Jeremy is a siamese dumbo.
Jeremy was being housed alone in the Pet at Home adoption tank, with the label that he had been abadoned there. I spoke to staff, and it turned out Jeremy had been purchased from Pets at Home, along with another rat, recently. The owner had returned Jeremy, however, as she claimed he did not get along with the other rat.
When I saw Jeremy, I was dubious of this claim, as he was little more than a baby, and true aggression in a rat that young is quite rare. I assumed he simply needed someone who understood rats. However, the staff at Pets at Home insisted I house him alone. When I stated that I would try him with other rats first, they urged me against it. I then said that if he did turn out to be genuinely aggressive, he would be neutered which would most likely solve it all. They looked at me like they thought I was insane.
So for the sake of an easy life, I then nodded and told them exactly what they wanted to hear: oh, ok, no worries, he'll live alone.
In 16 years I've not yet had to house a rat alone, and it saddened me that this rat would have been doomed to a life in solitary confinement had I not adopted him. While I never doubted that he was difficult with other rats, I was sure it was something that could be fixed, as I'd done countless times with 'nasty' rats over the years.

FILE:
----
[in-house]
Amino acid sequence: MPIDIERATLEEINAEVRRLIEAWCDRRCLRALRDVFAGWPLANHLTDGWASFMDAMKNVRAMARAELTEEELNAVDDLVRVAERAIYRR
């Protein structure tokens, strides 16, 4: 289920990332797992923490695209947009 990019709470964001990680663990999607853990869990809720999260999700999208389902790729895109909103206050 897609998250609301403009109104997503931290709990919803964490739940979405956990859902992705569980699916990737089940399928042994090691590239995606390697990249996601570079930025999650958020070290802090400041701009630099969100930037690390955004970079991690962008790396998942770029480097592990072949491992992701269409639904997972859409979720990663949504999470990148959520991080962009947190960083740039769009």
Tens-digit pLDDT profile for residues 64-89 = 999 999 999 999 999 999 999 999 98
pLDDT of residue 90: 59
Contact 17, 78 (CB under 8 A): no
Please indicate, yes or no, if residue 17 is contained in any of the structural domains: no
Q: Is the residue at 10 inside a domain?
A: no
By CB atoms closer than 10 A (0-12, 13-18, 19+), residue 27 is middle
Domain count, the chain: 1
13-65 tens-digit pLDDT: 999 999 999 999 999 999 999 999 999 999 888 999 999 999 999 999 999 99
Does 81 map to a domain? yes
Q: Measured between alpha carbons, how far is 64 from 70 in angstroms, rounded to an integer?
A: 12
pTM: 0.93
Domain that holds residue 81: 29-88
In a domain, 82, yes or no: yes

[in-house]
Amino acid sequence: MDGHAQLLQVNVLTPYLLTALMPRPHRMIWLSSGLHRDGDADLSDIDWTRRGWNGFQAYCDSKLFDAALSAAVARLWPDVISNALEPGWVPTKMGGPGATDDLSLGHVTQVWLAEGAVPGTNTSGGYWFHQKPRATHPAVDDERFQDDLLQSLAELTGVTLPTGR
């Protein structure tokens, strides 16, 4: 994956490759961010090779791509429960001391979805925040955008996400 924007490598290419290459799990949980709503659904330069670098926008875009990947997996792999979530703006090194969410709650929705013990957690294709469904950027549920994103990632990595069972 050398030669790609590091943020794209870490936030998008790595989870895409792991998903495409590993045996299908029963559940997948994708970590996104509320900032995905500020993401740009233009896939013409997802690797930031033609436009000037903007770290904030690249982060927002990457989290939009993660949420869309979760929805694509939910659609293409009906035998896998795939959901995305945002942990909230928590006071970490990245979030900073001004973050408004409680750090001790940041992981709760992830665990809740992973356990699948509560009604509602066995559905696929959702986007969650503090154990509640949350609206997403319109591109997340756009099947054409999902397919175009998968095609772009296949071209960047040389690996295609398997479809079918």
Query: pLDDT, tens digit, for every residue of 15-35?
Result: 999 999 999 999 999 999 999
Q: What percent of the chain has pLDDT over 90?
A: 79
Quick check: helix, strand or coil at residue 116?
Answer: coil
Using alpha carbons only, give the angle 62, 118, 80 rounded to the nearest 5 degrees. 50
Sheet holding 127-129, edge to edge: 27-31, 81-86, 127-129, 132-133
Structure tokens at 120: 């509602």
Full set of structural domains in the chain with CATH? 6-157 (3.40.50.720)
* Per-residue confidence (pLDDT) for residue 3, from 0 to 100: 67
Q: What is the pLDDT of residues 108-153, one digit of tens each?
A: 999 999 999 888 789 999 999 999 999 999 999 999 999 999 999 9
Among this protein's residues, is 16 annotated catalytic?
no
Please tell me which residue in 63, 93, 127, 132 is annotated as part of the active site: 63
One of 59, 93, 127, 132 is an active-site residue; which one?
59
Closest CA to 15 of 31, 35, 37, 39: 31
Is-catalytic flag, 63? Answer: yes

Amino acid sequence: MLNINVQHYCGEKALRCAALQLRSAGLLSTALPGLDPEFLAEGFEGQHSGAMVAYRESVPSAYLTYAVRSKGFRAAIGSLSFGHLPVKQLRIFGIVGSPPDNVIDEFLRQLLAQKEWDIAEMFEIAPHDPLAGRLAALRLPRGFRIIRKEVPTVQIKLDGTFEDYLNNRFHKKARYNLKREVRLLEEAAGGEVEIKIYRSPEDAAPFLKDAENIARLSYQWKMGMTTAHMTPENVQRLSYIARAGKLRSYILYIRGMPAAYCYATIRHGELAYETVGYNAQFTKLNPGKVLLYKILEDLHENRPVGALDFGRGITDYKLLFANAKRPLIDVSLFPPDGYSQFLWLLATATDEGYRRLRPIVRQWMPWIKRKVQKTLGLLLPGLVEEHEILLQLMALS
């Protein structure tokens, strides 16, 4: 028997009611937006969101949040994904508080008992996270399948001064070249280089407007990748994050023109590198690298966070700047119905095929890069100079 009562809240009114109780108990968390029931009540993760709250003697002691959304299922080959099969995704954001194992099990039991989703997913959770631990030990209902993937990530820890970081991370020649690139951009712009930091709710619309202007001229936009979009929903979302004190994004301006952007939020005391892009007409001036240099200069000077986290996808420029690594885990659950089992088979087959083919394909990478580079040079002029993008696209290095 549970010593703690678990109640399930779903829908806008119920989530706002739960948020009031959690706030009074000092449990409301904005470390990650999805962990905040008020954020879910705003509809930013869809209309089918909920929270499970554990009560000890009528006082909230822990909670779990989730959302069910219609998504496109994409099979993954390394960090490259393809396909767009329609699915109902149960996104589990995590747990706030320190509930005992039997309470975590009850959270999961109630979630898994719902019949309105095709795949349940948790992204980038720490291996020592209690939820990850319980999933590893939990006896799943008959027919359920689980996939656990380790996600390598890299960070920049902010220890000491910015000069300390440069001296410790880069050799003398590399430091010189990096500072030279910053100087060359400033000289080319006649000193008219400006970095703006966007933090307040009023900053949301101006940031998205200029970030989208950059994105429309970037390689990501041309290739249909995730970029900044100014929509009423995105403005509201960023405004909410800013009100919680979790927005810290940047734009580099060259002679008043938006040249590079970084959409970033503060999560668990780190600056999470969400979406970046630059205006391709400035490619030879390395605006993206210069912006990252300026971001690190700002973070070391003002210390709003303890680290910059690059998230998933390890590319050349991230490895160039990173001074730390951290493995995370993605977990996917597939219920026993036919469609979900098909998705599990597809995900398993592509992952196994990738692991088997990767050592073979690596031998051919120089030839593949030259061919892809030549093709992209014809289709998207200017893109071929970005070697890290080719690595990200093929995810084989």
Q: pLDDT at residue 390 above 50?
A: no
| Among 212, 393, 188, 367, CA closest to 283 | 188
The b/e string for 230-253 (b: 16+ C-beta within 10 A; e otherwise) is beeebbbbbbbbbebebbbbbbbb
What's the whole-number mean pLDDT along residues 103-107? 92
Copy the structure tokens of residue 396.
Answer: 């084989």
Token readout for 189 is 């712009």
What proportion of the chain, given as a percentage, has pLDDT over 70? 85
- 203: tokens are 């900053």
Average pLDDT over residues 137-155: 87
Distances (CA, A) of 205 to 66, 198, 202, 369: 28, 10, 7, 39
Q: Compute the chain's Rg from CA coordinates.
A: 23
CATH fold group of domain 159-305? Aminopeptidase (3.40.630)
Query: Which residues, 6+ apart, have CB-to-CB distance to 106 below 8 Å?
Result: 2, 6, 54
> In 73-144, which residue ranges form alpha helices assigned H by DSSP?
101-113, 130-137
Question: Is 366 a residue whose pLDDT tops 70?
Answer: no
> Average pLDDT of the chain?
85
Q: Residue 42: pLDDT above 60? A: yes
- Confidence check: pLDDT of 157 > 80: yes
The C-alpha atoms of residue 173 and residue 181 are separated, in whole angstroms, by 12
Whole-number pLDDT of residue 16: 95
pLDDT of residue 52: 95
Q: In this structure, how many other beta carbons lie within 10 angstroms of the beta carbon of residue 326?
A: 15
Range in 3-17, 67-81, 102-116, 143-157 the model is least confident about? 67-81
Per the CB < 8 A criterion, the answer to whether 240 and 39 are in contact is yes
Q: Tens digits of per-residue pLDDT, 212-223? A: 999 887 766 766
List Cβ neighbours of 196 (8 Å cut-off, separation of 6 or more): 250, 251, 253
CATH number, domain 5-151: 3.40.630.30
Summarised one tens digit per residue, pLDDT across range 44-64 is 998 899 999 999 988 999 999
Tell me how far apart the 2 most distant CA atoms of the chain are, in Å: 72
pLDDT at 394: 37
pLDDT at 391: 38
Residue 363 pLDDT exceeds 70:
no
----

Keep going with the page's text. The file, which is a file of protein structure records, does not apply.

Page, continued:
On getting Jeremy home, I let him settle for a while, then brought in another rat to see what his reaction would be. I chose to use Dali as he is a non-threatening rat who is friendly to newcomers. I let them run together on the sofa, and there were absolutely no signs of trouble. Jeremy pretty much ignored Dali, he certainly didn't do anything to suggest he had a problem with him.
As he did so well, I popped them into a cage together, which was when Jeremy's attitude shifted; he began to posture and intimidate Dali, and clearly wasn't happy having him in the cage.
Attempts with another rat closer to Jeremy's own age gave the same results: fine outside of the cage, territorial inside it. So at least I knew what the issue was, and what sort of aggression I was dealing with. This was simply a cocky young rat with a pushy attitude who would bully someone if he thought he'd get away with it. Trying him with nice, young, friendly rats was going to achieve nothing other than those nice, friendly rats being Jeremy's victims. He needed to be housed not just with rats that would take no rubbish from him, but with a larger, well established group where he would be unable to 'take over'.
What had probably happened with him was that he was always of a 'dominant' personality from a young age. If the other rat baby he was purchased alongside was the opposite, ie, a submissive type, then chances are he had never been disciplined and had simply gotten away with constantly bullying and having his way for most of his life. He'd probably never had another rat stand up to him, so he'd grown up thinking bullying and intimidation was ok.
I decided the best group for Jeremy was the one that was very secure, and had mostly nice rats, but nice rats that would put their foot down if someone started trouble; he needed a 'leader' who would teach him what was and wasn't acceptable.